Patients and Methods
Approval was obtained by the ethical committee prior to the study. From June 2011 until June 2013, a total of 22 patients (15 girls and 7 boys) with EOS underwent the MCGR procedure as primary surgery at our institution. Inclusion criteria: (I) EOS of any etiology (Figure 1); (II) scoliosis with Cobb-angel >40°, and/or annual progression >5°, and/or failed non-operative treatment including physiotherapy and bracing; (III) a minimum follow-up of at least 24 months and (IV) at least 6 lengthening procedures after surgery. At time of surgery the average age was 8.8 (range 4.6 to 14.3 years). The 14+ year old male patient had a skeletal bone age of 11+8 years.
In general, all idiopathic and in some extent syndromic and neuromuscular patients were braced before. We perform MCGR between the age of 4 and a minimum of 2 years of spine growth left.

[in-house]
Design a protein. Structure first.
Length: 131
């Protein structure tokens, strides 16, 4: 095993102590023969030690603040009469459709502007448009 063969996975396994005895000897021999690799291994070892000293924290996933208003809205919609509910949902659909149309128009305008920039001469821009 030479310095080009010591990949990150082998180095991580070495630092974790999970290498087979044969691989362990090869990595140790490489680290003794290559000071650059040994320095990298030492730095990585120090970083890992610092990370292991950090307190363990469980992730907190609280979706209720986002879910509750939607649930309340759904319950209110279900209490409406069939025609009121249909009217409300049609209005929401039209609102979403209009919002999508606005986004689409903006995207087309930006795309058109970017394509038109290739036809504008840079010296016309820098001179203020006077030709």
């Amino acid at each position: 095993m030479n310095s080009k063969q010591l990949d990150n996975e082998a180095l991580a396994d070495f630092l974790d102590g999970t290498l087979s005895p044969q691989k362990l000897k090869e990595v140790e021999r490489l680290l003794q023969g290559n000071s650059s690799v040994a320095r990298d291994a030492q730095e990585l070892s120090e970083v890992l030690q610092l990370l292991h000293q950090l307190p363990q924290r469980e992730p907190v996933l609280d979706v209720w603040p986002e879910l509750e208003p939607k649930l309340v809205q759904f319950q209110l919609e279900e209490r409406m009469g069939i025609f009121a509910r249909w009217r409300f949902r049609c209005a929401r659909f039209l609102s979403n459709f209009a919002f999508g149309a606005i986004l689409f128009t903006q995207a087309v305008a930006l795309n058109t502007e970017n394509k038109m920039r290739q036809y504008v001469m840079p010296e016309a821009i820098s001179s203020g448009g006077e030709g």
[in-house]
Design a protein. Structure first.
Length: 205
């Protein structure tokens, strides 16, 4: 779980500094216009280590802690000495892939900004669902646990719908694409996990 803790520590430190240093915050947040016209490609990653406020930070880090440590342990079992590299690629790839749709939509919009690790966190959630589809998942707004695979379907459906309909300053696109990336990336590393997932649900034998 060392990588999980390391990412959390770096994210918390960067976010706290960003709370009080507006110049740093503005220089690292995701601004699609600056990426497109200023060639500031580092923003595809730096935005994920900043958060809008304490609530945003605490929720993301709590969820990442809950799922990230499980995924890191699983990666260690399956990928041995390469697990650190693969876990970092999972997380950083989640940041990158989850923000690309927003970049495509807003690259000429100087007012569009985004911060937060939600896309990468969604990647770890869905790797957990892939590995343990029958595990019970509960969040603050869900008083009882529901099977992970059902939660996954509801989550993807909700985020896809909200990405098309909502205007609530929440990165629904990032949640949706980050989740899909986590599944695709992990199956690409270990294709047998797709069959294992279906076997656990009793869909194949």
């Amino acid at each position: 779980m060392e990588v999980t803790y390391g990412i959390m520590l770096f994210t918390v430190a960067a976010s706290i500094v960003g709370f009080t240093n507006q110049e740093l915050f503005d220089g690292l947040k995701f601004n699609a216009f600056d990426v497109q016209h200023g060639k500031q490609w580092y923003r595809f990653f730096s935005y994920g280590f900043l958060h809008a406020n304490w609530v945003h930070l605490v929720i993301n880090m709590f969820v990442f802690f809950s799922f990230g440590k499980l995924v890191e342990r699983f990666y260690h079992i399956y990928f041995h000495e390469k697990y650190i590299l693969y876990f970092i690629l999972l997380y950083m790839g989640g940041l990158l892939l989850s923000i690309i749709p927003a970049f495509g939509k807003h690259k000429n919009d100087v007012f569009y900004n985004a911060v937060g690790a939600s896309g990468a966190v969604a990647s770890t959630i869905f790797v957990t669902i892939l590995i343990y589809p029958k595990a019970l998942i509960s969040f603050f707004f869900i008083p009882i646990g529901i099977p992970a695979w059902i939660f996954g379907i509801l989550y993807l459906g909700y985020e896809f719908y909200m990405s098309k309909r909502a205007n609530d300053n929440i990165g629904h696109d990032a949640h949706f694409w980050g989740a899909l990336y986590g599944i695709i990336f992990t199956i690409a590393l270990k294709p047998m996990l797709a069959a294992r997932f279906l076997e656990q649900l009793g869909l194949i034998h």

The MCGR consist of a single-use sterile titanium spinal distractible rod with an enlarged mid portion containing a magnetically drivable lengthening mechanism. Rotation of the internal magnet remotely induced by an External Remote Controller (ERC) causes the rod to be lengthened. Selection criteria for MCGR implantation do not differ from standard Growing Rod techniques . All patients in this study were primary cases with 2nd generation MAGEC (including an additional keeper plate next to the internal magnet) who underwent surgery in double rod technique with general anaesthesia and endotracheal intubation. We applied all of our Growing Rod constructs in standard/offset technique. According to standard methods, two posterior midline approaches were made close to the most cephalad and caudal vertebral levels to anchor the rods. In general, only 1 motion segment of two adjacent vertebrae was instrumented with pedicle screws and fusion of these segments was performed to maintain implant stability and preserving sagittal balance. On grounds of dysplastic pedicles laminar hooks were used. In addition, sublaminar bands were inserted around the ribs belonging to the upper instrumented vertebra to avoid migration and ploughing of screws. We are using woven polyester bands for additional fixation, F.a. Zimmer Spine, 7375 Minneapolis, USA. Correction of the curve is obtained by distraction between the anchor points assisted by manual pressure like in the push prone technique.